a horizontally extending ceiling mounting plate having a downwardly extending flange at the outer periphery thereof, said flange defining a plurality of screw holes therethrough;

a concavo-convex canopy having screw holes therethrough and including a centrally apertured lower central plate, said lower central plate having a plurality of upper fastener holes formed therethrough in spaced array about the aperture through the center of said central plate;

a plurality of mounting screws extending through said screw holes in the canopy and into engagement with the screw holes in the downwardly extending flange of the ceiling mounting plate;

a reverse-turned hook projecting down from the ceiling mounting plate at a location within the downwardly extending flange and having a canopy suspending point thereon facilitating hanging of the canopy therefrom temporarily at a time when electrical connections to the fan are to be established;

a down rod assembly movably connected to the canopy and projecting downwardly therefrom, said down rod assembly including:

an elongated tubular down rod having an upper end extending through the central aperture in said lower central plate and having a lower end;

a ball element within said canopy detachably secured to the upper end of said down rod for pivotally supporting said down rod suspended from said canopy; and

a down rod sleeve receiving the lower end of said down rod and sized to project through the central aperture in the lower central plate of said canopy when said canopy is mounted in said flush-mounting mode;

a fan motor housing having a top plate beneath, and secured to, and supporting, said down rod sleeve, said fan motor housing top plate having a plurality of lower fastener holes therethrough vertically aligned with the upper fastener holes in said central plate of said canopy; and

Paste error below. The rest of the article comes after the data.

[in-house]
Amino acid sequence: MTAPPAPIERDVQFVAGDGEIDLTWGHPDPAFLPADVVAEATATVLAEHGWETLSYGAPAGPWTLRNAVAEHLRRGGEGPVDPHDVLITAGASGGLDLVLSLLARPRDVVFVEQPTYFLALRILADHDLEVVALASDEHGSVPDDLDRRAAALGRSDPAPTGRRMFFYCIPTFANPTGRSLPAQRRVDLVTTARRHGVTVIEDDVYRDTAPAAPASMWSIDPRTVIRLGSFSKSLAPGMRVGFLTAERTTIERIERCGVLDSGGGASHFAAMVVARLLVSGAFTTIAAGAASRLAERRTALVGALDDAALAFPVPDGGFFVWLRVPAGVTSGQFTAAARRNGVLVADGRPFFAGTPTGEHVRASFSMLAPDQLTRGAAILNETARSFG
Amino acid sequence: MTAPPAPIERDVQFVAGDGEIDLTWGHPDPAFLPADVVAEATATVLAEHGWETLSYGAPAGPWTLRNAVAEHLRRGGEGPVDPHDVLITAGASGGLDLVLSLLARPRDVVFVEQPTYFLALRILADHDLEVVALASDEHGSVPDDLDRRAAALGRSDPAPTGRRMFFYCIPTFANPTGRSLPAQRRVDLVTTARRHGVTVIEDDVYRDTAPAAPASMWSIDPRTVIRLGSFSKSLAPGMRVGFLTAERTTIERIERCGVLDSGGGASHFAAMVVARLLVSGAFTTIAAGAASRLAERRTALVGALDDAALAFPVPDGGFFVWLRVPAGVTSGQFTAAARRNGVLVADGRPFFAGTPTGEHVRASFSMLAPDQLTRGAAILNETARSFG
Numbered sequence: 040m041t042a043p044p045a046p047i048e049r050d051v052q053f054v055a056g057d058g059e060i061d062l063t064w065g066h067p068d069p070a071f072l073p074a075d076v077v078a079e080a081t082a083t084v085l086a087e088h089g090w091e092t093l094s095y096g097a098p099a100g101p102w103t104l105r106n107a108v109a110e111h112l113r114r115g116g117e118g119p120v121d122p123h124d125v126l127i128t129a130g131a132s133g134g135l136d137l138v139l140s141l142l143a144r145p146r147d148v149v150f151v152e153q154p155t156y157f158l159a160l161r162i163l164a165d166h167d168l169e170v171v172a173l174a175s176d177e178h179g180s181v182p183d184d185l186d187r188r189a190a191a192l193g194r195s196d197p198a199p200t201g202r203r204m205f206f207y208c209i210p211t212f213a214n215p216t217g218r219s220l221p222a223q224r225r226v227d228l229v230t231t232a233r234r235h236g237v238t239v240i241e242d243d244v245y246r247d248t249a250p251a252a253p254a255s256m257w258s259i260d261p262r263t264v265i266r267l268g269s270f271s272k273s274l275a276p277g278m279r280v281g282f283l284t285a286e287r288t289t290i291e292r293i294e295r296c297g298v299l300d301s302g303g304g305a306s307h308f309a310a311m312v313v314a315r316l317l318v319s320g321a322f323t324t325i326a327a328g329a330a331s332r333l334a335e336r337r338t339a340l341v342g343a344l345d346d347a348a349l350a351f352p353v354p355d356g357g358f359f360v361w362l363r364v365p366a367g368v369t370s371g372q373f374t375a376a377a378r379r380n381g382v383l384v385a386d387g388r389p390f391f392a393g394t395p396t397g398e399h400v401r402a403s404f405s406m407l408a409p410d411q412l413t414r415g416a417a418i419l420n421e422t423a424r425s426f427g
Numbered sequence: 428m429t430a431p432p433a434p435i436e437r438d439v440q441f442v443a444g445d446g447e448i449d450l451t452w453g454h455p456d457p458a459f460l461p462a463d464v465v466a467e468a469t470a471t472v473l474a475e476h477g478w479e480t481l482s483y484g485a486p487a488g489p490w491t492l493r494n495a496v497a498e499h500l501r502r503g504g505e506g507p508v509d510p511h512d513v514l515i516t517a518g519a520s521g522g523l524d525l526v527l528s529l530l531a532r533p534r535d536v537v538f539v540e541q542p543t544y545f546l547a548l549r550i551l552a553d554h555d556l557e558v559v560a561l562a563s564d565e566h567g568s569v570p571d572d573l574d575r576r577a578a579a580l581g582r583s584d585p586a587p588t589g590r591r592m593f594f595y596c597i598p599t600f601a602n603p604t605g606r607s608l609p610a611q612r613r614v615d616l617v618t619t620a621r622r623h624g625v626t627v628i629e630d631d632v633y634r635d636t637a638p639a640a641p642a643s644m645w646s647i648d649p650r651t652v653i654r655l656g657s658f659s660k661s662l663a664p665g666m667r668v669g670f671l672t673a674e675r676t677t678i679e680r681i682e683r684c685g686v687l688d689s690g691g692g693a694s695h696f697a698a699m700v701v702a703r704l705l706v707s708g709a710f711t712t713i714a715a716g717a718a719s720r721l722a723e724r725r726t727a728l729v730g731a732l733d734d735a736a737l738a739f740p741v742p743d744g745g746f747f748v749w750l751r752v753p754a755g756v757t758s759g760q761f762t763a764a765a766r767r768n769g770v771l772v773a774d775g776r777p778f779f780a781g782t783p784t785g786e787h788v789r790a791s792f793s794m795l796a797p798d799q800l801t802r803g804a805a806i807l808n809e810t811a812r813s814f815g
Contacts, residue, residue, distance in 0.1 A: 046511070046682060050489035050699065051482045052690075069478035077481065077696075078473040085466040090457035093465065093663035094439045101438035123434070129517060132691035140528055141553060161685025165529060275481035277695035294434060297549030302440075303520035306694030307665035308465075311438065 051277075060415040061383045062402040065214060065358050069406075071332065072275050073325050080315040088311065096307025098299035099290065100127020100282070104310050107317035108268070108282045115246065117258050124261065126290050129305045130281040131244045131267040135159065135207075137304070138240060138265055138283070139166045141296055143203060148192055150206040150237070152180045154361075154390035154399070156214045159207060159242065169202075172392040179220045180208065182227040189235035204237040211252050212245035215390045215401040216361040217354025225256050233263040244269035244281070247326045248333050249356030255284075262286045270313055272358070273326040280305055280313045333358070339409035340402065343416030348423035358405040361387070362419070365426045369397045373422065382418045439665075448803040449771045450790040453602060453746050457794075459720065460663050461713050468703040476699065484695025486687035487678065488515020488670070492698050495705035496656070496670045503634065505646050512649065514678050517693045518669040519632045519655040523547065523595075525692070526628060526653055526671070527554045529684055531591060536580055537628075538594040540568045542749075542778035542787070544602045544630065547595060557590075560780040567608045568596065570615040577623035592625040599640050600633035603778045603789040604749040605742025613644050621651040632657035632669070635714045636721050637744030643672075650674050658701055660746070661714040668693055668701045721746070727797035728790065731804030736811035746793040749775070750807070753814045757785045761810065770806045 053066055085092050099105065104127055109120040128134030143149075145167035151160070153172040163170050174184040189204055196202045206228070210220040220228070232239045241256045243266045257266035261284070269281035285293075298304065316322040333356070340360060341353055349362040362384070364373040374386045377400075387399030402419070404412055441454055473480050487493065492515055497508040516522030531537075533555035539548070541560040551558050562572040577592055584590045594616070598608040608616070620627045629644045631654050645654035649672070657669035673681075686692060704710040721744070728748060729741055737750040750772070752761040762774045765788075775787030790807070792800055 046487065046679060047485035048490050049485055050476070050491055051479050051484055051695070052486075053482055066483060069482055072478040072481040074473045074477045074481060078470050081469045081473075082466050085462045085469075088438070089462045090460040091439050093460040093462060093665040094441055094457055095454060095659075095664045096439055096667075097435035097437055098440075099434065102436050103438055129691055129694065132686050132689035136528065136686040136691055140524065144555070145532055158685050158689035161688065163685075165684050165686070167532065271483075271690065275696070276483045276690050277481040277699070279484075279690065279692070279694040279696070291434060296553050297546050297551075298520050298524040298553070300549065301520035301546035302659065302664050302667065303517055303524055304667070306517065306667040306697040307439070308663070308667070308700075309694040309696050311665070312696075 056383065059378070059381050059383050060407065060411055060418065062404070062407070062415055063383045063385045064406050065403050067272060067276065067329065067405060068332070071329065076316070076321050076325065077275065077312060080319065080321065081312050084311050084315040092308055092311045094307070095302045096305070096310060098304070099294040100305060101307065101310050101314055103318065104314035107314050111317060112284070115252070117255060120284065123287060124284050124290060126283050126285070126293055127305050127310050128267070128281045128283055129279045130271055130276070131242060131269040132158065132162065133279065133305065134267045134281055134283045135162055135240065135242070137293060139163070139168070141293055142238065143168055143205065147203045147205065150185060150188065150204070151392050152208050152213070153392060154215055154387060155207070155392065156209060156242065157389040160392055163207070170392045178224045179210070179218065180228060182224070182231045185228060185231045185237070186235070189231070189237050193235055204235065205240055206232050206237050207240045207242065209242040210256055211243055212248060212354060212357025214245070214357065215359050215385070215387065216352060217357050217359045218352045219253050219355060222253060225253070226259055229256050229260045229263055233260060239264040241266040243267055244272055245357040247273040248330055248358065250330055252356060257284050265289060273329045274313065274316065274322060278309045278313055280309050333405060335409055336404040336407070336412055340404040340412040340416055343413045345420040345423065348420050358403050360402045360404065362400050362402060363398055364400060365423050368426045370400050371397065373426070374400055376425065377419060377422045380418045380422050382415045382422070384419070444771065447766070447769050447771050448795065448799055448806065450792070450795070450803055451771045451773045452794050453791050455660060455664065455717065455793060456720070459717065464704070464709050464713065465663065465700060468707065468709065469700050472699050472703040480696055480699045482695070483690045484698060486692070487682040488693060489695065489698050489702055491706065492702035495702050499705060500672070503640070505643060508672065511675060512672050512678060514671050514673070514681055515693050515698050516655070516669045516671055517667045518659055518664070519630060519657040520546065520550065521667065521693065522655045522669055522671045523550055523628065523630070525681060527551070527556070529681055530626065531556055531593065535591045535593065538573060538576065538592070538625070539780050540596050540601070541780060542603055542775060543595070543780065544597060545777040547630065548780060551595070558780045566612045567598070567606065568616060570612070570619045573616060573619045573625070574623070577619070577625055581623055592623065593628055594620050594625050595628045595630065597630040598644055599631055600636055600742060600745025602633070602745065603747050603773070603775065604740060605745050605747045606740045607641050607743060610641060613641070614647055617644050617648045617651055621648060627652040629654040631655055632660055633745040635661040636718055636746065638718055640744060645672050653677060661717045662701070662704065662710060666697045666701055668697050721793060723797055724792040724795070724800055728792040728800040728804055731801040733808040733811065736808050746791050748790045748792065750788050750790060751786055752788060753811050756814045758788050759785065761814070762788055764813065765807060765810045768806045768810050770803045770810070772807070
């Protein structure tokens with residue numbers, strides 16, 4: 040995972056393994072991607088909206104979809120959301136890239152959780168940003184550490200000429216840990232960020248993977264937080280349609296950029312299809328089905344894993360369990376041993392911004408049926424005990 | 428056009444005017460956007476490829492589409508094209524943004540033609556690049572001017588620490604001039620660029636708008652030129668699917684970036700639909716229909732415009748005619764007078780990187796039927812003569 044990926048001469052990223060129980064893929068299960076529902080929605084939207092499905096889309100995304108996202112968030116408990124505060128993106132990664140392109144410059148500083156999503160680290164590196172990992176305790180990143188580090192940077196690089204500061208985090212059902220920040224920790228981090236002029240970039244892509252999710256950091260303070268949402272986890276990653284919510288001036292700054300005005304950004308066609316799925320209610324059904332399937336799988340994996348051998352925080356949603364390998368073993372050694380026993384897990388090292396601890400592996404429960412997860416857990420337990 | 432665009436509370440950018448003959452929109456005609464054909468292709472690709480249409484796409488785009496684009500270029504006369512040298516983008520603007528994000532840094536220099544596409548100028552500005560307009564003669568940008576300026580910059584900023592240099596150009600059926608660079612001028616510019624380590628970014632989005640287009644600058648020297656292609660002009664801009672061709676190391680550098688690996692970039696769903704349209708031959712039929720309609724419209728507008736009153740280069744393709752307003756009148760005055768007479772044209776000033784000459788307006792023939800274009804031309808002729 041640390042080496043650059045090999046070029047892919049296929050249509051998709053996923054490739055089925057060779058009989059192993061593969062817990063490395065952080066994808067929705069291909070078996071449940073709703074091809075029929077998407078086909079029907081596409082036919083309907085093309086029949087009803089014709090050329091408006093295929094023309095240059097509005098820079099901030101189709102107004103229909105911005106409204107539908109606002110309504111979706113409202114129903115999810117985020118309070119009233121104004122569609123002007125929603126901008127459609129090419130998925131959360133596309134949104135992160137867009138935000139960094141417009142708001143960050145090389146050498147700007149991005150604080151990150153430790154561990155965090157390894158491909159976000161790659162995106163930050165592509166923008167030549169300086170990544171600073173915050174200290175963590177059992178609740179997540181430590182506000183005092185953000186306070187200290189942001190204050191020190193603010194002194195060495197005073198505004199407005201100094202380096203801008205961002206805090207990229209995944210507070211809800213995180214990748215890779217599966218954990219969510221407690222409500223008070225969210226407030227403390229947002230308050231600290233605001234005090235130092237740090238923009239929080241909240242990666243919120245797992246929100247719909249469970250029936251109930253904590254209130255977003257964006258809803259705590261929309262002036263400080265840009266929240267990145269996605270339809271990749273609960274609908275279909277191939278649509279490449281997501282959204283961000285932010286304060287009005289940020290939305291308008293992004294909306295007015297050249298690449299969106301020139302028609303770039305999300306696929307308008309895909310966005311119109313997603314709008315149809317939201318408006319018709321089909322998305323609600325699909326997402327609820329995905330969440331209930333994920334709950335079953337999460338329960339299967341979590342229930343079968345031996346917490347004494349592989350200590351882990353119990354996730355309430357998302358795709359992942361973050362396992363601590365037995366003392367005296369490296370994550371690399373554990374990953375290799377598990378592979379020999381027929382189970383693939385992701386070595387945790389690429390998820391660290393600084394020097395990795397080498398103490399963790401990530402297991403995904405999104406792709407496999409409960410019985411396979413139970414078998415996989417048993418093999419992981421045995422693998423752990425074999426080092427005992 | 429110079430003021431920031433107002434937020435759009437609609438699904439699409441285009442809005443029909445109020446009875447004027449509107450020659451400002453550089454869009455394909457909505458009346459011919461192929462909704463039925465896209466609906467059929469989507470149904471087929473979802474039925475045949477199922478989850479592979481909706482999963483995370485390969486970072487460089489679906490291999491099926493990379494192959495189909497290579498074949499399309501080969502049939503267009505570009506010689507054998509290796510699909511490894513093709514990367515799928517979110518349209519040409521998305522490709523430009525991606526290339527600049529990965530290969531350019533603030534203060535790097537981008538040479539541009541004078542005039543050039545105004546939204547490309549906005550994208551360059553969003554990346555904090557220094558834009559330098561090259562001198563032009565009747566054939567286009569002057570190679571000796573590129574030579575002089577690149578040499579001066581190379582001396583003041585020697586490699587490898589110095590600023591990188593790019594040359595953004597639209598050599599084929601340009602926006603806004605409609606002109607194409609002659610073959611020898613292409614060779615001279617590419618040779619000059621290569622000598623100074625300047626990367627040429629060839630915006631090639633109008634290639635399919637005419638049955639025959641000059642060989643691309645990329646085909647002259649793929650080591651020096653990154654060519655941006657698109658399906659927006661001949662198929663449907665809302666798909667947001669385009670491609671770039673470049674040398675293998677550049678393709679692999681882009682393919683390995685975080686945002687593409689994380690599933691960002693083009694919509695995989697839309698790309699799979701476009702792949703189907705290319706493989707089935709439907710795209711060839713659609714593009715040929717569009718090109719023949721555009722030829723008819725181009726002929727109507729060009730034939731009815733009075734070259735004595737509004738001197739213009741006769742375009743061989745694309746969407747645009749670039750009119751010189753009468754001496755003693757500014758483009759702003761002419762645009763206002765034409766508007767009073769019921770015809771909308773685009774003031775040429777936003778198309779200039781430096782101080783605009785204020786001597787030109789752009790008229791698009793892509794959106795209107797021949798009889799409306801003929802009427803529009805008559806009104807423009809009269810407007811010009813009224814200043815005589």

means for interengaging said lower central plate of said canopy in flatly abutting contact with the top plate of said fan motor housing, with said down rod sleeve projecting into said canopy through the central opening in said lower plate at a time when the down rod and ball element are removed to facilitate flush mounting of the fan, said interengaging means comprising a plurality of fasteners removably carried in said lower fastener holes through said motor housing top plate, and sized to pass through the upper fastener holes in said central plate of said canopy.



Description:

FIELD OF THE INVENTION

This invention relates to a system for selectively mounting electrically powered ceiling fans, and more particularly, to a system for selectively mounting ceiling fans of the type which are supported from the ceiling within a room and utilize a canopy positioned adjacent the ceiling for support of the fan thereto.

BACKGROUND OF THE INVENTION

Brief Description of the Prior Art